On the Ground, in Nova Scotia Schools

Nova Scotia public school teachers are in a difficult position, possibly poised to strike; something nobody in the schools wants. Image result for teaching is a hard jobI really fear they’re up against the wall, and if they want change, they need to stand firm. If you’ve never spent time in a school lately, I’m pretty sure you’d be shocked at the myriad of challenges students bring with them to school each and every day. Beyond academic struggles, kids have to deal with family break-ups, socio-economic, emotional and behavioural difficulties, including pent-up anger, violence and mental illness. And then there are the kids who are simply unable to “play nice” with others, for a variety of reasons; the ones constantly seeking attention, the ones looking to be loved. The magnitude of these  complicating factors has to be overwhelming for teachers, especially given the fact there are so few educational assistants in elementary classrooms these days.

As one young teacher recently told me, (after telling me about a year spent with two students in her upper elementary class, one who came to school each day wanting to kill somebody and the other who wanted to kill himself) it’s not that there’s not enough money for education, the problem lies in the allocation of those financial resources. There are too many people in offices being paid too much money to create more paperwork for the people on the ground, in the schools. Teachers want to teach, they want to help kids succeed and be happy, and they need sufficient time, energy and assistance in the classrooms, to do their jobs. Period.

And don’t even get me started on the many school libraries that are now staffed by part-time volunteers (thank goodness for those parents), rather than dedicated librarians. How did reading get lost in the educational shuffle? In rural areas, the school library is often the only library available to kids, the only source of good books.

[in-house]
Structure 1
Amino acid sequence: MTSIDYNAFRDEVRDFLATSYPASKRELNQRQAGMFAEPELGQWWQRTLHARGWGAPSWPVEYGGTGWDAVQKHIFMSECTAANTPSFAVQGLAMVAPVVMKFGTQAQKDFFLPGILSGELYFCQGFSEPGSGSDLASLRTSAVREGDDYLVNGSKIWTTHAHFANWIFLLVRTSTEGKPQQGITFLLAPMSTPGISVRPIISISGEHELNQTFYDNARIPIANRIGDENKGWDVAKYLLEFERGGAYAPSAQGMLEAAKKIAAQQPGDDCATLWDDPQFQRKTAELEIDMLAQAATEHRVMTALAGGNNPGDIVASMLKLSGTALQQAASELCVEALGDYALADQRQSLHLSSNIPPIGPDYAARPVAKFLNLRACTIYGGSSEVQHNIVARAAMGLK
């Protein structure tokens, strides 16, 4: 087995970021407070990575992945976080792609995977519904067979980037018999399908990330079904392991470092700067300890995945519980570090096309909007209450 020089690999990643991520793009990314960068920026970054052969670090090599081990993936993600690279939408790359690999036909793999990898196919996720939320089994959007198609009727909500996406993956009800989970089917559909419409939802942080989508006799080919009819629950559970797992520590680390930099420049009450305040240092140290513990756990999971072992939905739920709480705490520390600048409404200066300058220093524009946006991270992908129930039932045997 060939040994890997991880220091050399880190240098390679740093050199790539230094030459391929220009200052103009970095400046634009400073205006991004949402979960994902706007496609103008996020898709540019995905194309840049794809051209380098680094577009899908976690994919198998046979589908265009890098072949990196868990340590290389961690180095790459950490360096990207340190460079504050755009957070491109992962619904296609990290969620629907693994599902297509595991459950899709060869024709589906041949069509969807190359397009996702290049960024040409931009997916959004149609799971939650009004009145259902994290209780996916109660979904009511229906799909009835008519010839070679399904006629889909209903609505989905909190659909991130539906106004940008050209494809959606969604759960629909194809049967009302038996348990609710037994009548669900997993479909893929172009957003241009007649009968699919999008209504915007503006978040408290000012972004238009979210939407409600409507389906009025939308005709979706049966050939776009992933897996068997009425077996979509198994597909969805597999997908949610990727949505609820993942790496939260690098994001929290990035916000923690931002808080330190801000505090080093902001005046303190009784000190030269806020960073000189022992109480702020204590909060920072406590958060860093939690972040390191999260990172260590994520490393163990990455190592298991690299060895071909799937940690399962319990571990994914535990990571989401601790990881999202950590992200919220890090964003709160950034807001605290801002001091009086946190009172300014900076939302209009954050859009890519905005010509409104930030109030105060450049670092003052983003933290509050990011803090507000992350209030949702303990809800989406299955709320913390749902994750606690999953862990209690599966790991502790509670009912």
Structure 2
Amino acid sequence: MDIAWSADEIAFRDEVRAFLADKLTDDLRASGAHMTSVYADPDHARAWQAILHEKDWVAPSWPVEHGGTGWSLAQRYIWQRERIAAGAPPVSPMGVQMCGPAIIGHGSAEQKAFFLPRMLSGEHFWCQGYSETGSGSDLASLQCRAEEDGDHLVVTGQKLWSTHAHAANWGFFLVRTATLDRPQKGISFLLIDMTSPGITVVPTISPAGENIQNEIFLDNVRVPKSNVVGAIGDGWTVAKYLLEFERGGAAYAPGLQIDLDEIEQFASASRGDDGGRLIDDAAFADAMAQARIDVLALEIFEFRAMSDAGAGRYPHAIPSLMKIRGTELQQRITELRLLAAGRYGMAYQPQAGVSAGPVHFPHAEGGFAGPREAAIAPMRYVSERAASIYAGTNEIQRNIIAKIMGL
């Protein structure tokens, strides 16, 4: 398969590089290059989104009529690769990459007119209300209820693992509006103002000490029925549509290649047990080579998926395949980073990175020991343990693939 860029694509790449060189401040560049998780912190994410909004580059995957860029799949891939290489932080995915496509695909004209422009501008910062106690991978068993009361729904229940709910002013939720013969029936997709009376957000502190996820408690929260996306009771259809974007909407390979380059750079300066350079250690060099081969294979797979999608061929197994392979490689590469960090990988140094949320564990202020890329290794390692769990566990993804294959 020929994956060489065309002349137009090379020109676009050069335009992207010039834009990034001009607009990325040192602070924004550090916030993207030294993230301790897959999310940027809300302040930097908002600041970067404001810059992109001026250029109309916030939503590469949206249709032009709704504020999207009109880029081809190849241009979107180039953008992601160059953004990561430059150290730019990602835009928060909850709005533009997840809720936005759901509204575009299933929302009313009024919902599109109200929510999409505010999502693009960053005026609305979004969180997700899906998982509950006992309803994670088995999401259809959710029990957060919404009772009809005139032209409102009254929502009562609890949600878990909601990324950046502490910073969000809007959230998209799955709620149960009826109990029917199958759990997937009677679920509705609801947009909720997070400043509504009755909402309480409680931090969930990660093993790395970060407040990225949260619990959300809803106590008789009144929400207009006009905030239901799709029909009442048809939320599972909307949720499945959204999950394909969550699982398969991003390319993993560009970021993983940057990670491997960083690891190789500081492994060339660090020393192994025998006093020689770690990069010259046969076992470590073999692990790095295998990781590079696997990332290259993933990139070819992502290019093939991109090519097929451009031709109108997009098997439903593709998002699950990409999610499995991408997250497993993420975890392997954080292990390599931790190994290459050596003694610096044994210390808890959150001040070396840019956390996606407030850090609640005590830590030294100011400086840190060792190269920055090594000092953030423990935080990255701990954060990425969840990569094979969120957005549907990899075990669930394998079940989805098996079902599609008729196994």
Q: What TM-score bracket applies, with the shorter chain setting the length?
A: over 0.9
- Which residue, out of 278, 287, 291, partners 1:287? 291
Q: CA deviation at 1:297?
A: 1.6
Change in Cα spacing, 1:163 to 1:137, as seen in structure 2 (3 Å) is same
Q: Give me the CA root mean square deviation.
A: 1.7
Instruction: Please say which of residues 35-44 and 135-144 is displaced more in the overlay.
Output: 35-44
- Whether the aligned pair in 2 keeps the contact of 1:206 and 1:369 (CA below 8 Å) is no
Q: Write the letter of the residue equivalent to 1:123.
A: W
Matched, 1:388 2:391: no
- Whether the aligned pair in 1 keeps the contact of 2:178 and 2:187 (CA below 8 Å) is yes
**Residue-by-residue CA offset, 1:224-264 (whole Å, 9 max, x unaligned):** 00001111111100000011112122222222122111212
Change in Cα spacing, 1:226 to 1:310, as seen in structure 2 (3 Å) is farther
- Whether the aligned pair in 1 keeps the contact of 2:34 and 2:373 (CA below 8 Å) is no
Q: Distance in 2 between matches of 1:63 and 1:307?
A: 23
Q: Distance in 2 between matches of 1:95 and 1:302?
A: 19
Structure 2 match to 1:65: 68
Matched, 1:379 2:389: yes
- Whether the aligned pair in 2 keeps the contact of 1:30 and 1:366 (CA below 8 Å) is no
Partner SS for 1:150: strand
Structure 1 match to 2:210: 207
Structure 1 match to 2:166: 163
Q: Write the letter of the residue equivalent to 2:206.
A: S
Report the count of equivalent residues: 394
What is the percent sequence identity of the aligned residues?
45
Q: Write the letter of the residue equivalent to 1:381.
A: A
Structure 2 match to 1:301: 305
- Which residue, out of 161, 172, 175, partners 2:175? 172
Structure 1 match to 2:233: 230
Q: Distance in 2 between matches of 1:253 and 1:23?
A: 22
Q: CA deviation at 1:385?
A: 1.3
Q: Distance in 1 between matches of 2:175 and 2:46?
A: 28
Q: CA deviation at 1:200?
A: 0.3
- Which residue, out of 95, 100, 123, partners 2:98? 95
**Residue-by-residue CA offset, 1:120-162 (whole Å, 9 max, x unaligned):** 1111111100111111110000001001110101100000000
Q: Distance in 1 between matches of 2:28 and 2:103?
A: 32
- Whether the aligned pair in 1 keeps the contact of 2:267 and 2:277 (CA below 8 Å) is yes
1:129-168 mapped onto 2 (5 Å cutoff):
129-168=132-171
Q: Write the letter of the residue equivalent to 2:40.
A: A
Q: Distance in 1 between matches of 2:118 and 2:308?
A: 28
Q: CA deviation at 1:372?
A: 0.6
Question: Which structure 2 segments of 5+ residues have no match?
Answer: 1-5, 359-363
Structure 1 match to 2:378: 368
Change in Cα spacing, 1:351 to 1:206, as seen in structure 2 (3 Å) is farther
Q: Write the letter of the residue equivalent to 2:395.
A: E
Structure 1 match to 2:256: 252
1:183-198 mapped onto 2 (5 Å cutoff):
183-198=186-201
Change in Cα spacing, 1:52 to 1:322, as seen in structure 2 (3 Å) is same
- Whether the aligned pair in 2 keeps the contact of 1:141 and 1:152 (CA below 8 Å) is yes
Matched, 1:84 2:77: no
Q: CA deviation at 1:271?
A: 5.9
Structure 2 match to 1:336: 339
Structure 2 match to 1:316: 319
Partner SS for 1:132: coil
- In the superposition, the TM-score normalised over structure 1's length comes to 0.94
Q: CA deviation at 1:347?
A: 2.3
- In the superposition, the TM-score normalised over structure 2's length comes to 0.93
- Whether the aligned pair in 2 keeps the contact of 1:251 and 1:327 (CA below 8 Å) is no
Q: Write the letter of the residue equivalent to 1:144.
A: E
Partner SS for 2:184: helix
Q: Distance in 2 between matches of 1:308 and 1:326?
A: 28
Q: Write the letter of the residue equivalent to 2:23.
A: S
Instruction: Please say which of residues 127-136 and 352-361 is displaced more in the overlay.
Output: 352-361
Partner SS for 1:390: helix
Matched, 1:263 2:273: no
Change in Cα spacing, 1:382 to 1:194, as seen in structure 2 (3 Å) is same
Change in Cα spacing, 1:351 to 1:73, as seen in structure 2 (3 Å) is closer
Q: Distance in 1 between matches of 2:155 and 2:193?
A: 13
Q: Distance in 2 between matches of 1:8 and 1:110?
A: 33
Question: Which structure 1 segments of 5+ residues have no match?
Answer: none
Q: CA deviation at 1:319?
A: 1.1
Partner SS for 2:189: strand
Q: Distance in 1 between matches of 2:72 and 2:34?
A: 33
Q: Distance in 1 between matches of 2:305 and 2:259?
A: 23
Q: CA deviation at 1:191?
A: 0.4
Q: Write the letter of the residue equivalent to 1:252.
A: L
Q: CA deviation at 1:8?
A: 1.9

A couple of smiles from recent school visits. Kids always want to know how old I am – big thanks to the grade 3 student who, when I said that I’d seriously started writing toward publication when I was about 40, exclaimed: “You mean you’re older than 40 now!”  I guess when you’re 8, 40 seems super old. And a big smile to the grade 2 boy who, in writing/drawing about Nature’s treasures, wrote me this poem:

The grass is green,

the sky is blue,

Nature is beautiful,

and so are you!

Thank you to all the schools who invited me to visit through the Writers in the Schools (WITS) program over the past six weeks – it was such a pleasure spending time with your enthusiastic, eager kids. Keep up the great work!

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Kids Are Still Kids

jan-coates-2I’ve been doing some school author visits lately, and it’s always interesting walking into a classroom full of strangers, most often from grades primary to eight for me. I like kids, their honesty, energy and enthusiasm, and doing school visits really inspires my writing; it’s a great research opportunity. For the most part, students are attentive, and they can ask some pretty funny questions, often about my dog since I include Charlie in my PowerPoint, along with my other family members, the people who help me be a writer on a daily basis. Giving four presentations in a day pretty much tires me out – how do teachers do it day after day?

The thing that always strikes me is that kids are still readers and they’re still p1000574kids, despite the internet, technology, etc. that brings the world to their fingertips regularly. There are still shy kids (often those paying closest attention), bold kids looking for a laugh, in-between kids, and, sadly, left-out kids. Middle-school students are still trying to figure out their place in the group; the “cool” kids are still trying to stand out in various ways and venturing into the confusing, yet thrilling, world of relationships.

 

I always browse the bulletin boards at schools. I took these pics when visiting a school in BC during TD Book Week last year. One thing I’m careful about these days is to never gender-specify when calling p1000578on a student. There are always plenty of volunteers willing to share their writing, and it’s not always the “out-there” kids you might expect. I ask volunteers who want to present to write their own names on the board. One grade 8 student, in a classroom featuring a rainbow flag, proudly told me they’d made up the spelling of their name – Jaycob. Generally, it seems like kids today are a lot more free to express themselves, to be who they want to be than in my long-ago school days, when everybody seemed to be conservative and fairly conforming. Maybe I’m being naive, but I’m cautiously optimistic that this means the adults of the future will be more accepting and open… What do you think?